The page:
The Tuinska Rask of the Bruins played through hip-labrum, possibly losing the start of the NHL season
NHL players tend to be knocked out of the playoffs, but what Tuukka Rask played in the Bruins playoffs makes no sense.
As Rask confirmed to reporters in Friday morning’s exit interviews, he faced a torn labrum in his hip during the playoffs. He will need surgery to fix the problem.
“I have a torn labrum next to me. I’m going to have surgery,” Rask said NBC Sports Boston’s Nick Goss. “I don’t know what the exact date is, probably within a month. I’ll start the recovery process and then we’ll see what the future holds. Hopefully the recovery goes well and I’ll be ready. I’ll play hockey sometime next year.”
Bruins Vs. In the last two games in the Islanders section it became clear that Rask was not the same. He played just two times against New York in the 5th period, scoring four goals in 16 shots before leaving. Boston coach Bruce Cassidy has confirmed that Rask has had “some maintenance work to do” in the final period of the game.
In Game 6, Rask saved 23 of 27 shots but didn’t look 100 percent. It wasn’t moving as well as the first in the series. After the Bruins were expelled, Cassidy suggested that Rask should undergo surgery.
Now, we know why. It is impressive to see Rask lying on the ice with a torn labrum under his hip. However, playing as a result of the injury could cost him some time next season.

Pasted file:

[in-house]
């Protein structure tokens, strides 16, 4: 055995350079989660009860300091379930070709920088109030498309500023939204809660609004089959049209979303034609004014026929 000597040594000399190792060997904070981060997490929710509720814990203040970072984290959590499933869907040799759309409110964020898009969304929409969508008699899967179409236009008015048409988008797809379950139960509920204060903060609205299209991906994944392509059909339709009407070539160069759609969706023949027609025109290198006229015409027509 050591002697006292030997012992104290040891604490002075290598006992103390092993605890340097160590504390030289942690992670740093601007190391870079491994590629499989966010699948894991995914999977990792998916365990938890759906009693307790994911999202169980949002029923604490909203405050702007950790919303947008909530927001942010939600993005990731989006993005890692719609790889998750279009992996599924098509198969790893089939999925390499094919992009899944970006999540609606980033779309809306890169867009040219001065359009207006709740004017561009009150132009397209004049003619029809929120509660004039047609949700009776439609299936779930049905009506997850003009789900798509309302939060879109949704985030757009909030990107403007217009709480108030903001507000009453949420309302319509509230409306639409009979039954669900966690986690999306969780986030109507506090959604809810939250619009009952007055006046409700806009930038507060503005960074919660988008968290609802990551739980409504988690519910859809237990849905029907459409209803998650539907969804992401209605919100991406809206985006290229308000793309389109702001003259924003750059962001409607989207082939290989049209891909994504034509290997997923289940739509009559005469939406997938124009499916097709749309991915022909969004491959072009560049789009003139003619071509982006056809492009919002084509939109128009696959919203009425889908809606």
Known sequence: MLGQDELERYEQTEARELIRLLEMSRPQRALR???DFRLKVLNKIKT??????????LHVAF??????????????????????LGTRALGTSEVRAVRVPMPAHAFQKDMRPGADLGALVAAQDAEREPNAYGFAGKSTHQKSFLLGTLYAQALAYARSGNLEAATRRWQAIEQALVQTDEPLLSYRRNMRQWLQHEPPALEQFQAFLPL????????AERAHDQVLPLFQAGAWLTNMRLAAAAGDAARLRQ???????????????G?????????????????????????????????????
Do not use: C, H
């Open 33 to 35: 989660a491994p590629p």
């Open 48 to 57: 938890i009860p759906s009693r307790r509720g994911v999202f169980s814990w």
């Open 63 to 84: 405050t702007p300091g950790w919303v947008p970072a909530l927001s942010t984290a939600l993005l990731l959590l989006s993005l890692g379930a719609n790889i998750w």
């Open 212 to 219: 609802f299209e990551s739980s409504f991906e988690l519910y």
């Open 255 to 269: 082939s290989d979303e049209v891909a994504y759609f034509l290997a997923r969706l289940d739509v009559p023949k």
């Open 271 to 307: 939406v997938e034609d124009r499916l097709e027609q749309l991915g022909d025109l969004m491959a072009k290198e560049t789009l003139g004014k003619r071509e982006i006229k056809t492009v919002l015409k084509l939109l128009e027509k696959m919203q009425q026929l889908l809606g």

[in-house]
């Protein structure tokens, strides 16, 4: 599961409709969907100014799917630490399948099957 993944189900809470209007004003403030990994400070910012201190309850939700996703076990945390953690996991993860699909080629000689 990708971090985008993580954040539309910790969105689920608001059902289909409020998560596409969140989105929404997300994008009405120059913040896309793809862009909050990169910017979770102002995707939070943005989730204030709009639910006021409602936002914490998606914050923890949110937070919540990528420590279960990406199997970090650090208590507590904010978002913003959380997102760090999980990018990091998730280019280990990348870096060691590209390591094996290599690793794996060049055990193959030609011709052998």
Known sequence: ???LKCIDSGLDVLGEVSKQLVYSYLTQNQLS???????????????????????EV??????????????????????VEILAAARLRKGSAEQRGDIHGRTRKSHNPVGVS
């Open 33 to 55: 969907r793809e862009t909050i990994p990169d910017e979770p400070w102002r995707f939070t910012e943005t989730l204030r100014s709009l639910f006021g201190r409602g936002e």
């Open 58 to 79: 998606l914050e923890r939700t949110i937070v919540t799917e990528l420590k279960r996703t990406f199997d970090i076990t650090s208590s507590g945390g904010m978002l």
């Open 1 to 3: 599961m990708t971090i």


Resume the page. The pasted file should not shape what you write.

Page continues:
Rask said he wants to play in Boston again next year, but will not be able to return until January as soon as possible.
“Yeah (I want to play next year). Mentally, I’m ready for that,” Rask said. “On the physical side, hopefully everything goes well. We’ll probably look back at hockey in January or February. That’s the plan, and we hope it works.”
Certainly, if Boston wants to return Rask (the free agent), it’s not ideal to be released to start the season.
From this also arises a question; Should Boston really start Rask with less than 100 percent?
The Bruins have a lot of talent as goalkeepers. His backup, Jeremy Swayman, posted a 7-3-0 record against a .945 savings percentage and an average of 1.50 goals at the start of the 10 regular season. Veteran Jaroslav Halak (9-6-4 record, .905 SV percentage, 2.53 GAA) was also available.
Of course, starting over Rask would be risky. Swayman is an inexperienced rookie who refused to give the Islanders a goal on three shots in Rask’s relief in Game 5. Halak struggled at the end of the season to get off the COVID list and see Swayman advance to the depth chart.
But they both had an advantage over Rask: they were supposedly healthy.